The Center believes the line should be extended from New Carrolton around the 495 Beltway to connect to Largo Town Center Station, Branch Avenue Station, to Eisenhower Avenue Station in Northern Virginia.
Building a light-rail Purple Line across the Maryland suburbs would require condemning 116 homes and businesses. Of the 116 displacements, 53 would be houses or apartment units, and 60 would be businesses that have an estimated total of 246 employees. Most of the affected businesses are in Silver Spring and Takoma Park, including several in the Mega Super Market on University Boulevard. The biggest effects would be felt in the Riverdale area of Prince George’s County, where 22 homes would be lost along Riverdale Road.
After a Purple Line began to operate, some residents also might hear the “hum” of 18 electrical substations that would be spaced about a mile apart along the route. The trains would be powered by overhead electrical wires.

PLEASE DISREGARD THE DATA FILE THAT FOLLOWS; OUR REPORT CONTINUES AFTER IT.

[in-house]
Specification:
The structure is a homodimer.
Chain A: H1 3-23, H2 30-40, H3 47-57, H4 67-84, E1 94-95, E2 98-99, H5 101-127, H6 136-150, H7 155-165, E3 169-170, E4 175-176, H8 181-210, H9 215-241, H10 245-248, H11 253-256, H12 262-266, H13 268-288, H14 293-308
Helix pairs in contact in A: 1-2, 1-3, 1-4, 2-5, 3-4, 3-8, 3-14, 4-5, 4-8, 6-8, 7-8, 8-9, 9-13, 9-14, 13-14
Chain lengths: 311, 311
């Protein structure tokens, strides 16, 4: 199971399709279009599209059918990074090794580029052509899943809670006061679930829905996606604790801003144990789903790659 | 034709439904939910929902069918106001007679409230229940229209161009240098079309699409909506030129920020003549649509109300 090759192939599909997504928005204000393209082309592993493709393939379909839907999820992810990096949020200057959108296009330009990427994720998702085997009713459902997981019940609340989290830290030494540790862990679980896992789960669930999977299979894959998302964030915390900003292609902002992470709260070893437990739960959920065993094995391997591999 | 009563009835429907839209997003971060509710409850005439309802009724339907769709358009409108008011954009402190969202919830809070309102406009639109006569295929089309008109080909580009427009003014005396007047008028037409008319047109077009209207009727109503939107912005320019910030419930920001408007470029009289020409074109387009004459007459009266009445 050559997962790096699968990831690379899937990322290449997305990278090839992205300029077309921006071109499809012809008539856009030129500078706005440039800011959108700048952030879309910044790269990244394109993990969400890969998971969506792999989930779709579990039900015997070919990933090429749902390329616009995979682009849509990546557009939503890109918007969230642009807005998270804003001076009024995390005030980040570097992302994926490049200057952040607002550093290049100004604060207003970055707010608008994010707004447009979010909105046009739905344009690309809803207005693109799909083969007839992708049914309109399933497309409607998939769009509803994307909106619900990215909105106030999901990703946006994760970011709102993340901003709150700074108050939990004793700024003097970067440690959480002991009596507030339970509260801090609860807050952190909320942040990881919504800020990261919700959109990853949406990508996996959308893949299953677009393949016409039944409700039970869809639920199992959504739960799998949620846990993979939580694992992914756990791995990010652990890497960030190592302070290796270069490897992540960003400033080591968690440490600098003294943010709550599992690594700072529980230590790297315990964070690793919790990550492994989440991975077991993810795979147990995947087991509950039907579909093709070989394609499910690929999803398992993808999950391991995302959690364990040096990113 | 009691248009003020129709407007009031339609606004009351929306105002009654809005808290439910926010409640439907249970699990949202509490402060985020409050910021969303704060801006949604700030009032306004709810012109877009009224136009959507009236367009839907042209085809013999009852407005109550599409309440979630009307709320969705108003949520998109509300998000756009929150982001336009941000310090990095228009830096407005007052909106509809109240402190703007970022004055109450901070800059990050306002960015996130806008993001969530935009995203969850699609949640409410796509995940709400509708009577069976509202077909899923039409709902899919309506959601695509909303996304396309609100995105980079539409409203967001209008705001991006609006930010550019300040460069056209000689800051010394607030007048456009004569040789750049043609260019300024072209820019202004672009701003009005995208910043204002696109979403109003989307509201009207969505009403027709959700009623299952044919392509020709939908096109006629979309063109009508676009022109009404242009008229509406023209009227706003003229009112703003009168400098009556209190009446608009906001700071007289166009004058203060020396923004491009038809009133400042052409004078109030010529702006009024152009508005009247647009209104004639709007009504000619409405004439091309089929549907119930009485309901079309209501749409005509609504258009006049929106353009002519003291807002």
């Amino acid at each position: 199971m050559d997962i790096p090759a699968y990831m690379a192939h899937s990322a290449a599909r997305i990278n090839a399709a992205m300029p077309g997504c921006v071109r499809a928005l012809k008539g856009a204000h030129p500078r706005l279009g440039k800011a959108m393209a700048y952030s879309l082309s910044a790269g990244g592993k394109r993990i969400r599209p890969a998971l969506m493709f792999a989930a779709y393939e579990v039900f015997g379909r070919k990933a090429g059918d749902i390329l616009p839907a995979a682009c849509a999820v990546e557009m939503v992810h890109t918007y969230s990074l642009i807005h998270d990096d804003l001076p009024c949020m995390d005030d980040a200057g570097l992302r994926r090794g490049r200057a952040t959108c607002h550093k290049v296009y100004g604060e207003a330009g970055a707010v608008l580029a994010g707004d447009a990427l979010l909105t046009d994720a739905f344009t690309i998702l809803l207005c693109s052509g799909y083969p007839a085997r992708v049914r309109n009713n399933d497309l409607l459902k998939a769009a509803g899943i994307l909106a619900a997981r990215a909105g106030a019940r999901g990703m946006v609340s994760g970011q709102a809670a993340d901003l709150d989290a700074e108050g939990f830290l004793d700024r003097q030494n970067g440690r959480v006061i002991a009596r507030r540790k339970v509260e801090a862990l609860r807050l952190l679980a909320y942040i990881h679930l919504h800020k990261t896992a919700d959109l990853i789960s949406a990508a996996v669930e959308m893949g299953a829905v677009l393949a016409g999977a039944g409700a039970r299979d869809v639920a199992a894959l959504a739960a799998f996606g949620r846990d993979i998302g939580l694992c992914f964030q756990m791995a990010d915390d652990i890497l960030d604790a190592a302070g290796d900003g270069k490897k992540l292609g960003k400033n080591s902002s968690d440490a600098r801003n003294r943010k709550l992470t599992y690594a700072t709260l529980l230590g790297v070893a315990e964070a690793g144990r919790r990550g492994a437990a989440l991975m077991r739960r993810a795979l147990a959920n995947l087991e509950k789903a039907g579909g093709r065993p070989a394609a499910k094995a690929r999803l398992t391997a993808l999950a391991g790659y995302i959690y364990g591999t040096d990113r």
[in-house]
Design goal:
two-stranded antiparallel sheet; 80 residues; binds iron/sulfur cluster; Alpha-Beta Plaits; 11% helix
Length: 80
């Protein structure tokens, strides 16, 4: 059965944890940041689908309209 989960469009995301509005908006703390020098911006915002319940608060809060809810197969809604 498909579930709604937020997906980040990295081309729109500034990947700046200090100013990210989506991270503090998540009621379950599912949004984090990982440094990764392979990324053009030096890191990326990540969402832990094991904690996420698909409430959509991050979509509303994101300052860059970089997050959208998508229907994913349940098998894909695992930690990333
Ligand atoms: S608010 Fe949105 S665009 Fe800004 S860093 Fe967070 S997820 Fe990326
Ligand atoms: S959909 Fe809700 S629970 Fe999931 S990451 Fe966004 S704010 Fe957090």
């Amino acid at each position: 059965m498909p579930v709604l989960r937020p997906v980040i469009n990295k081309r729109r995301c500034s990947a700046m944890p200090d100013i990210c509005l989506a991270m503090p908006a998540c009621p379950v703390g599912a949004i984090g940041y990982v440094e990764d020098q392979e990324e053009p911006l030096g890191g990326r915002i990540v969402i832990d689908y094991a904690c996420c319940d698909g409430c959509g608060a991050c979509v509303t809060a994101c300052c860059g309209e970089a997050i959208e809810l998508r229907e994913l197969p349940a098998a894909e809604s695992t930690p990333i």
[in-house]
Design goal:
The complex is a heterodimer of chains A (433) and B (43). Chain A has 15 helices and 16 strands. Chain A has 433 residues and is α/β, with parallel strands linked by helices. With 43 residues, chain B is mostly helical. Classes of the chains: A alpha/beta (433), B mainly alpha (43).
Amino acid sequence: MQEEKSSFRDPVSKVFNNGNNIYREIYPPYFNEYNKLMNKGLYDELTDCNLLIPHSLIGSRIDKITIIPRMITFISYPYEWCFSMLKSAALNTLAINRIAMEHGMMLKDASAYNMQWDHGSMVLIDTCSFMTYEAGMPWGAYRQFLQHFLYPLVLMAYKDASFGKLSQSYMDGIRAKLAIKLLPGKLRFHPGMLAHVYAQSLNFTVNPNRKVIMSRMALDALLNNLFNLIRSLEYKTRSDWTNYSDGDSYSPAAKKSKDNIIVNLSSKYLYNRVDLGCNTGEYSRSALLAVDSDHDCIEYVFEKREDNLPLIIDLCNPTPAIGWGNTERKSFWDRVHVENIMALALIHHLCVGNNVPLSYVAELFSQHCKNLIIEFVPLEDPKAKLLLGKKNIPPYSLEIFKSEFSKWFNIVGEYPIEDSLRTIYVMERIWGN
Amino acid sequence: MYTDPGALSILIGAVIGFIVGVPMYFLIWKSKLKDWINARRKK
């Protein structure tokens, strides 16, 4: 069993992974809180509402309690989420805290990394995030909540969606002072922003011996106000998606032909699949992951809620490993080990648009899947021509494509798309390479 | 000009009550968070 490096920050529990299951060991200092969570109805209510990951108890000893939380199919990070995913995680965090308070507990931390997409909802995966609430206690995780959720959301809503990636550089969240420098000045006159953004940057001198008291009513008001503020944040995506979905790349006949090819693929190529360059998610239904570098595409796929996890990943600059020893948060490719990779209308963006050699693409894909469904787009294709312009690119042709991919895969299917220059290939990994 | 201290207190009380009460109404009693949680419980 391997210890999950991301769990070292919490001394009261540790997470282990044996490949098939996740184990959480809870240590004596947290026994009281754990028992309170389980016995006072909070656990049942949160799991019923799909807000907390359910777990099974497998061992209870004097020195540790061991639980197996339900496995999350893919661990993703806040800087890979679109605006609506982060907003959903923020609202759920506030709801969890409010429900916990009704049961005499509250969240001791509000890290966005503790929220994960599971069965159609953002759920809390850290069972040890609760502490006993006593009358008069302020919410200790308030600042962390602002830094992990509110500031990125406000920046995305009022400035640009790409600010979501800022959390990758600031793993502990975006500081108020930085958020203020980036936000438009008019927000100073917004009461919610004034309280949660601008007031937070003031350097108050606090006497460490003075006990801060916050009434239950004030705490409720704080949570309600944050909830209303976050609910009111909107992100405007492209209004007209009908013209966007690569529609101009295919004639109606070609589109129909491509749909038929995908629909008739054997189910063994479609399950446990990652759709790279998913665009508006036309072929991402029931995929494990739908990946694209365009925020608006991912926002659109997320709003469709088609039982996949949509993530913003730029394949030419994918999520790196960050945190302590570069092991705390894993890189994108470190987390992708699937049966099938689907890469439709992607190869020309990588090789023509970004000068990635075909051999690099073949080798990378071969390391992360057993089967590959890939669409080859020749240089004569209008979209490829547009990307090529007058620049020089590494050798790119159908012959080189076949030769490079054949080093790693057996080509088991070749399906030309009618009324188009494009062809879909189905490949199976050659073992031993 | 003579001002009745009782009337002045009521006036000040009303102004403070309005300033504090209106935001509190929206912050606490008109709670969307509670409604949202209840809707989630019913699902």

The line would connect the Maryland ends of the Metrorail system with Amtrak and commuter rail (MARC) stations. State transit officials say it would provide faster, more reliable east-west transit than buses and spur redevelopment near stations.
The federally required environmental review, which took four years, updated forecasts made by a draft study in 2008. The line was then predicted to cost $1.6 billion in 2007 dollars and to attract 68,100 riders a day by 2030. The new study estimates the construction costs at $2.15 billion in “year-of-expenditure” dollars and daily ridership at 74,160 in 2040. The ridership increase stemmed from anticipated population and job growth.
The line, which would have 21 stations, would cost $38 million annually in 2012 dollars to operate and maintain, according to the updated study. State officials have said they hope to begin construction in 2015 and open the line by 2020.
The public has 30 days to comment on the study before the state submits it to the Federal Transit Administration for approval.
Copies are available at www.purplelinemd.com and at libraries in Montgomery and Prince George’s counties.
The FTA’s approval of the environmental review would allow the state to fine-tune the Purple Line’s design and begin condemning and buying private property. (Wash Post, 9/5/2013)